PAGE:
Insights into the neuronal basis of motor control with a multidirectional reaching task in mice - 

UNIGE, Geneva

In the seminar room, 11 am

Abstract: In spite of being a longstanding neuroscience question, a unified vision of the role of the motor cortex is still debated. While recent advances in rodent research have shed light on this subject, the majority of rodent tasks lag behind those of primates, limiting the potential of circuit dissection enabled by the recording, manipulation and genetic tools available for mice. Thus, developing behavioral paradigms for mice that offer well-controlled, tractable and versatile skilled movements becomes necessary. Reaching and manipulation of objects is a fundamental behavior common to primates and other species including rodents. However, while the classical pellet reaching task in rodents has been used as a tool for studying motor control, its application has been partially limited due to practical limitations, such as the small number of trials performed. To overcome this, we developed a reaching task based on water rewards in which head-fixed mice reached and grasped water droplets presented in different locations around the snout. Mice learned this task rapidly and efficiently performed hundreds of trials towards multiple target locations, demonstrating a higher degree of dexterity and motor flexibility than generally assumed. Interestingly, optogenetic inactivation of the contralateral motor cortex impaired initiation and maintenance of reaching movements suggesting a cortical role in motor control of reaching. Two-photon imaging of layer 2/3 and layer 5 neurons revealed the existence of neurons with reach-related activity selective for different reaching directions (left, center and right) suggesting a possible movement-direction encoding at the cortical level. However, what these neurons actually code for (e.g. motor commands or target-related information) remains unanswered. To narrow this question down, we designed an extended version of the task and trained mice to initiate reaching for multiple targets from two alternative starting points. This allows discerning whether the neuronal activity is preferentially related to movement parameters or to the endpoint target locations. Surprisingly, while only a minority of the neurons was modulated when changing the reaching starting point, the majority of trial-type selective neurons seemed unaffected by this manipulation. Taken together, by dissociating trial type from movement trajectory these findings suggest that neurons in the motor cortex surprisingly over-represent spatial or goal related features, as opposed to actual movement features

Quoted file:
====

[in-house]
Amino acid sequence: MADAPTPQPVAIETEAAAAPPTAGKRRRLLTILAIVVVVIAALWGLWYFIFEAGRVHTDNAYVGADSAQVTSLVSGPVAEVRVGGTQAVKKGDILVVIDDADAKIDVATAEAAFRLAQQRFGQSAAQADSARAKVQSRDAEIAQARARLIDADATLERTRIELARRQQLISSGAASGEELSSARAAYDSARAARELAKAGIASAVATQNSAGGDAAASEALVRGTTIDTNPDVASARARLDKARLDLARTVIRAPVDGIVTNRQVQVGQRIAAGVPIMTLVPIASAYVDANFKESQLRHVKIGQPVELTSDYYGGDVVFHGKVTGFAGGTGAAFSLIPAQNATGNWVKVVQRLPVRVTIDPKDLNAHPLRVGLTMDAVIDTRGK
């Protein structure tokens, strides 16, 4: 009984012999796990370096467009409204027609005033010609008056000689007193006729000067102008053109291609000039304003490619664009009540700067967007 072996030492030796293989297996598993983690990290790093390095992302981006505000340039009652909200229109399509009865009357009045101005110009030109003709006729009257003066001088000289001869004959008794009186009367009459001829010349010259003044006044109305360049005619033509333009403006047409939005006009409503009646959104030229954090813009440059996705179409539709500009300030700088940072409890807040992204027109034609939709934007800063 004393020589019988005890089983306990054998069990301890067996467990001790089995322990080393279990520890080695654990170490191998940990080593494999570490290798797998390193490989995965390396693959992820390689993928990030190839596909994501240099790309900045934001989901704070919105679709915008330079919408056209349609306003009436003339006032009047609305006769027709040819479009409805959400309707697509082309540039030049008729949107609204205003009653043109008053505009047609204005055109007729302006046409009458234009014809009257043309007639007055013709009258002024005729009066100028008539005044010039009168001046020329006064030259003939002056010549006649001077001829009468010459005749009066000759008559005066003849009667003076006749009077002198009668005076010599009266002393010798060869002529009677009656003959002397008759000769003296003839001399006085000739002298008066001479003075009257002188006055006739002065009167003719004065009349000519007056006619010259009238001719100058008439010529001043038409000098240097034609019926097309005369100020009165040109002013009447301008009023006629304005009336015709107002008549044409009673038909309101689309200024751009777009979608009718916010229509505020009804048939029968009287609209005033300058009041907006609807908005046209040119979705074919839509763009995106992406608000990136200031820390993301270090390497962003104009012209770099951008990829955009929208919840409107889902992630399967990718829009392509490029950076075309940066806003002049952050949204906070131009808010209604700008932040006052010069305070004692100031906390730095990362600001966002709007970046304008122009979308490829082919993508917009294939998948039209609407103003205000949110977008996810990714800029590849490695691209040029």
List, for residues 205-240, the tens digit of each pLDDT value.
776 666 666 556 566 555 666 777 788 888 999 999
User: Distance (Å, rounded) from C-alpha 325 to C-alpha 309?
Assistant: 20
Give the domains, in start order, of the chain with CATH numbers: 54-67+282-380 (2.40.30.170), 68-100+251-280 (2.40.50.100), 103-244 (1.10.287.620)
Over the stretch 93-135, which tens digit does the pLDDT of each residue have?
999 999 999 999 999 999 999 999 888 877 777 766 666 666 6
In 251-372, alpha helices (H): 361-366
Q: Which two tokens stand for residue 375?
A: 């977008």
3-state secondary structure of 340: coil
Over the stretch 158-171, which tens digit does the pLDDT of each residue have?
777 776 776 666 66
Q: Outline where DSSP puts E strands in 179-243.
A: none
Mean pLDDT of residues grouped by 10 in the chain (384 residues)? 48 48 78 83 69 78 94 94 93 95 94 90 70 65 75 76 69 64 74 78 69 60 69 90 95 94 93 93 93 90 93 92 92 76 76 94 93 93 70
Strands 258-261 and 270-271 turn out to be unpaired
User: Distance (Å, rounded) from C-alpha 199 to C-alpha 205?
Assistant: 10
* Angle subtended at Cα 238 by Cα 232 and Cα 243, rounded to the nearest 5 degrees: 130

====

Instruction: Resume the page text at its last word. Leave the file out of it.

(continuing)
Invited by David Robbe

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